Haven Wheelock dances with a hoolahoop lit by LEDs Photo courtesy of Jeremy Running.
What does dancing have to do with physics? One photographer, Jeremy Running, uses his understanding of light and technology to capture two often underground types of dance, fire dancing and hula hooping, which inadvertently reveal different forces in physics and the nature of light. Running explains his photography by saying, "I was a child with a fascination with the power to stop time, and an intense draw to technology. As an adult, my love for photography allows me to combine the two in a creative and artistic manner, pausing time and light forever."
In the images that Running photographed, he may have paused an instant in time, but as the photographs show, in that instant, light is still traveling. When a photographer takes a picture his or her camera shutter opens and closes quickly, so quickly that most motion appears to stop when the picture is developed or, in the age of the digital camera, appears on the screen. Light travels much faster than the shutter can open and close, therefore allowing the camera to capture where the light has been in the time that the shutter was open. Light travels at 3x108 m/s , whereas a camera's shutter speed can reach as fast as 1/8000 of a second, meaning that it stays open for one eight thousandth of a second, which is still really fast, but during that time light could travel 37,500 meters which is about 23 miles, 3.2 miles shy of a marathon. Next time you take a picture, find a dark place with a pin point light (LEDs work great), and either moved the light or move the camera when you are taking a picture of the light. When you look at the picture, you should see trails that tracked where the light was in relation to the camera lens. Running does the same thing, but instead of random trails of light, Running captures the movement of that light through the movements of the dancers or hula hoopers.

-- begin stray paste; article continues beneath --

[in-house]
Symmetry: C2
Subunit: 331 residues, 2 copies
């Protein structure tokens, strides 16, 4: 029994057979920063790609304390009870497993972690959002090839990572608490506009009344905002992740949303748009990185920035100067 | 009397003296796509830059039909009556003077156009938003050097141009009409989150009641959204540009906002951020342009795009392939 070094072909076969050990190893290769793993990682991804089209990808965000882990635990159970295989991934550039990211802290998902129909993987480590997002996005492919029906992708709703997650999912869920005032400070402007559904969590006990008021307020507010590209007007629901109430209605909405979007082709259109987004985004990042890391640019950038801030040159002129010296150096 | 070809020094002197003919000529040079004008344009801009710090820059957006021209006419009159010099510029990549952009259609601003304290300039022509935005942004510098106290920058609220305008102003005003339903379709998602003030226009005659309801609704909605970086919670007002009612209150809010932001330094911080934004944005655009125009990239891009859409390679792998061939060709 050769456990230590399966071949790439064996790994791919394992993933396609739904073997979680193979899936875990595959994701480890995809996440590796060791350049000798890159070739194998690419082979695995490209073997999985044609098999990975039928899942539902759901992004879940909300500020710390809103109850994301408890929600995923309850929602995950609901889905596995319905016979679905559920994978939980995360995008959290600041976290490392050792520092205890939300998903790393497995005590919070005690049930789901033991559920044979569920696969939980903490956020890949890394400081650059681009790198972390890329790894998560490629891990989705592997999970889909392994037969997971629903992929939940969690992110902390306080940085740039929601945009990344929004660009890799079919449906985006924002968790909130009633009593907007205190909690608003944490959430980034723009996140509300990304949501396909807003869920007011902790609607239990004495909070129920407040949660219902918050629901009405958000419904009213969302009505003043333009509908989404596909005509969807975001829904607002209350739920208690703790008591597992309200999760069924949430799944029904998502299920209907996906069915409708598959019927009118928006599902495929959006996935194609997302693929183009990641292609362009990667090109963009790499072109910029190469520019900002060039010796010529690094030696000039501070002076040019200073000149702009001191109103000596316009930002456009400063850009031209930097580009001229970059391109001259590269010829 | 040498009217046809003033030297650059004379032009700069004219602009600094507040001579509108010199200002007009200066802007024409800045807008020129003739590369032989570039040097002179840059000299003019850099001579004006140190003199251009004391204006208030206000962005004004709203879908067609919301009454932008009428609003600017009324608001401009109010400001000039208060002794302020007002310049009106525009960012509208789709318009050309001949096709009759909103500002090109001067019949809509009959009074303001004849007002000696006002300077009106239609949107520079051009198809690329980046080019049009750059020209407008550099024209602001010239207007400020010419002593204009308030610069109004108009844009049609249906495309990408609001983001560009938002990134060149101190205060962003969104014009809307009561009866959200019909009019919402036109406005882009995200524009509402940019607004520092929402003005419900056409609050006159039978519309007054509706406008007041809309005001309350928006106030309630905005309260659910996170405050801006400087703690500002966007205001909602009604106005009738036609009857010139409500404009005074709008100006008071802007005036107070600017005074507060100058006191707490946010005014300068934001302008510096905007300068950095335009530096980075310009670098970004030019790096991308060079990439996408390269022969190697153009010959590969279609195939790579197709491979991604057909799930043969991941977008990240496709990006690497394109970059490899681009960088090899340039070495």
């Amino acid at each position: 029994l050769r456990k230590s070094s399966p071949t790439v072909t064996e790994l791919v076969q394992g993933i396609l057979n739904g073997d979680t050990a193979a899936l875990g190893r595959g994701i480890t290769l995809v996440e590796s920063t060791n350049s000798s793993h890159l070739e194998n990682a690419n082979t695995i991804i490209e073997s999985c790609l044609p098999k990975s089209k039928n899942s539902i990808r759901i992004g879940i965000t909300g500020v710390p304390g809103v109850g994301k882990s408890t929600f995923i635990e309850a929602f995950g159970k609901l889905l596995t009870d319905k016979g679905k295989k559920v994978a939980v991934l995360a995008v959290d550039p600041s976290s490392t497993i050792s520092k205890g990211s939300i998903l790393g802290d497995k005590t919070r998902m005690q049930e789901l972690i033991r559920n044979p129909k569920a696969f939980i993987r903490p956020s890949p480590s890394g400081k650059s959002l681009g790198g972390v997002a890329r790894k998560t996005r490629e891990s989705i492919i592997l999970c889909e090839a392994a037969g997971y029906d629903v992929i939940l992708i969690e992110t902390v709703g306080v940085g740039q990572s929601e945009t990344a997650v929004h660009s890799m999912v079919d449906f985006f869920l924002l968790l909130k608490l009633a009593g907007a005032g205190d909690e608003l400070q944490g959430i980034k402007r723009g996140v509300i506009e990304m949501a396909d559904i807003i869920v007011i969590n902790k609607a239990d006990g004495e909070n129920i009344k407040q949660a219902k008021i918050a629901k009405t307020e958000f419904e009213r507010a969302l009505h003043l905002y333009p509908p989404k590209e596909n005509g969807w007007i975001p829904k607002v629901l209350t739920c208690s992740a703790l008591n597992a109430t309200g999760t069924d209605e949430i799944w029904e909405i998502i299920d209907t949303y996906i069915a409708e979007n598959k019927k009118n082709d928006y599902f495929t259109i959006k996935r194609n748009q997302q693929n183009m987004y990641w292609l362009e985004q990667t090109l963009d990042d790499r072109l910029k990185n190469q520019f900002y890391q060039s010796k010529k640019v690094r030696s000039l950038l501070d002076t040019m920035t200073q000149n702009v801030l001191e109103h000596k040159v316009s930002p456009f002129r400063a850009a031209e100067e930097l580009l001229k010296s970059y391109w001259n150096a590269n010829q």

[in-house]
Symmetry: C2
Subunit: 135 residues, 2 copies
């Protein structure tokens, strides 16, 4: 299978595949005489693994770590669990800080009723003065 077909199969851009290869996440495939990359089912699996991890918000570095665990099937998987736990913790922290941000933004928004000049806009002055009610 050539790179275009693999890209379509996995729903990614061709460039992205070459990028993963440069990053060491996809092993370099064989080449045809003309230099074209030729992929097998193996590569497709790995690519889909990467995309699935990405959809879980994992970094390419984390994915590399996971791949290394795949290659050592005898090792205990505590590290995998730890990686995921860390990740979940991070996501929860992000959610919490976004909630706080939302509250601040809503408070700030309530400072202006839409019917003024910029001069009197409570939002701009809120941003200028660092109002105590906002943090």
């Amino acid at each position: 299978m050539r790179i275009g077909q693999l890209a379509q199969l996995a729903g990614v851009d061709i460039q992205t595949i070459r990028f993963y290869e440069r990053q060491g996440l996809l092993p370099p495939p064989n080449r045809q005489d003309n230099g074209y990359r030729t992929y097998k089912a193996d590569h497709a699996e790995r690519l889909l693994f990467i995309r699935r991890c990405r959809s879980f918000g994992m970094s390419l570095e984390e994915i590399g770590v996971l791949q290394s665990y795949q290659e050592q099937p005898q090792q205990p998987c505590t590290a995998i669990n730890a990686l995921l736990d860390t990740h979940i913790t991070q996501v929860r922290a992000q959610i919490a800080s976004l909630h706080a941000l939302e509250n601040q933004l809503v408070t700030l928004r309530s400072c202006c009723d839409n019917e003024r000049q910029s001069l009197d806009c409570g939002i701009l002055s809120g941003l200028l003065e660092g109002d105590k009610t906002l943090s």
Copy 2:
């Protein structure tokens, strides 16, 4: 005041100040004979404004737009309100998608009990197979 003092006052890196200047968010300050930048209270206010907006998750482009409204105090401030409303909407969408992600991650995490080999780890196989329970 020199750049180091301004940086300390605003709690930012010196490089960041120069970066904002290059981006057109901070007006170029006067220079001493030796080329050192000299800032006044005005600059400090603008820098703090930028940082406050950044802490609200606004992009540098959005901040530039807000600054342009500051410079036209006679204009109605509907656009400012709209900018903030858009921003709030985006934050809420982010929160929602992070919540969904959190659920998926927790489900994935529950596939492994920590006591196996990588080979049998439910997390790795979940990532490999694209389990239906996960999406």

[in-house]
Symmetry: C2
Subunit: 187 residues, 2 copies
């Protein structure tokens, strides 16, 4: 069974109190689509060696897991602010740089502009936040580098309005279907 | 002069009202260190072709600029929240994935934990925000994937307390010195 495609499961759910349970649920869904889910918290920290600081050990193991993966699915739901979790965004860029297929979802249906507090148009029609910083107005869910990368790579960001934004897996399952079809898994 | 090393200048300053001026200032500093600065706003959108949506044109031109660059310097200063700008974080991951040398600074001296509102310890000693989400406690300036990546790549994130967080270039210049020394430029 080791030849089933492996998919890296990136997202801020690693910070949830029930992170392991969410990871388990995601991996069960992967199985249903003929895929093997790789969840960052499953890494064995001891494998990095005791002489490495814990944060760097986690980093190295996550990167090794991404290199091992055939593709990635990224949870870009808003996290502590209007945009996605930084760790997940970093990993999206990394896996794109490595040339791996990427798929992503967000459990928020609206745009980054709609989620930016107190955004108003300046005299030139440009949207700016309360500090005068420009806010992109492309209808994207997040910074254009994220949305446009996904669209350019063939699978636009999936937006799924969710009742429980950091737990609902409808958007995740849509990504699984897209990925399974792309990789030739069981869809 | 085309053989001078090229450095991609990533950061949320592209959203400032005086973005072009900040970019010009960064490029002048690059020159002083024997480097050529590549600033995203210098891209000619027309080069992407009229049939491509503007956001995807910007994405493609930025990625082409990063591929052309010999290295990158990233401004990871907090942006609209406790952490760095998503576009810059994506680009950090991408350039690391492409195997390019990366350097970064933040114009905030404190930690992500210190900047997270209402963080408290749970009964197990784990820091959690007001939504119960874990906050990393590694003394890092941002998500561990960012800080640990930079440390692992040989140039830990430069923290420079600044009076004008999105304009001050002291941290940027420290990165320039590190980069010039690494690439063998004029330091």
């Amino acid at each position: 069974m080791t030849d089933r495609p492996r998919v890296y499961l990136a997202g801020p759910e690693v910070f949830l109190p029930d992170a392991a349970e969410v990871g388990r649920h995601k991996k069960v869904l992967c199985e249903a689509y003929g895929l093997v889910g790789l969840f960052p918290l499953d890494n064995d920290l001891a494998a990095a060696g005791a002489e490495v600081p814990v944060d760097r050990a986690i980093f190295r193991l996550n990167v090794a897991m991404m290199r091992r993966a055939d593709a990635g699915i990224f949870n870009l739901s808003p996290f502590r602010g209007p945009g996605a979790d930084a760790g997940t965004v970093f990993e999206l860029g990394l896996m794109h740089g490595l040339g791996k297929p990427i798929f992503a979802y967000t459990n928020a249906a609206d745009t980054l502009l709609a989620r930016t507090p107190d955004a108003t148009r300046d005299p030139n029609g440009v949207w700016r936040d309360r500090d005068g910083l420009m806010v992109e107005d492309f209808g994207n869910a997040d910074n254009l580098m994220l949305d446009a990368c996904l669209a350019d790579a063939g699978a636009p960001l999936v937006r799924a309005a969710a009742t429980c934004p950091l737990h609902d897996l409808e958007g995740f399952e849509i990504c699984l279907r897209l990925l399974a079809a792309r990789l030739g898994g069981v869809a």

Now, don't expect that you will see the length of a marathon in a trail of light if you do this, but what you will see is the path that the hula hoop took while it appears to defy gravity and gyrate around the dancer's hips. Torque, friction, and inertia all play a role in keeping the hula hoop from falling to the ground. Torque is sometimes described as the turning force, the force that keeps an object spinning. In the case of a hula hoop the torque is the force initiated by the dancer that pushes the hula hoop in a circular motion, created through pushing against the side of the circle which causes it to rotate. Friction is the force that is created when objects come into contact. Friction resists motion. In the case of the hula hoop, the dancer's hips come into contact with the hula hoop, which keeps the hoops from falling down, allowing the dancer to continue to exert torque on the hoop. Friction is also the force that is the push that makes torque possible. Another factor to consider is Newton's first law of motion, inertia, which says that an object in motion wants to stay in motion. In the case of the hula hoop, once it has started revolving around the dancer's hips, it wants to continue moving. According to this law of motion, mass plays an important role. Objects of greater mass have more inertia than those with less mass; therefore, more massive or heavier hula hoops are easier to keep in motion than lighter, less massive hula hoops. The dancers manipulate the force of gravity through torque, friction, and inertia to keep a hula hoop gyrating around their hips, arms, legs, and hands, creating beautiful patterns that are art.
Kali Deno hoops with fire
Photo courtesy of Jeremy Running.
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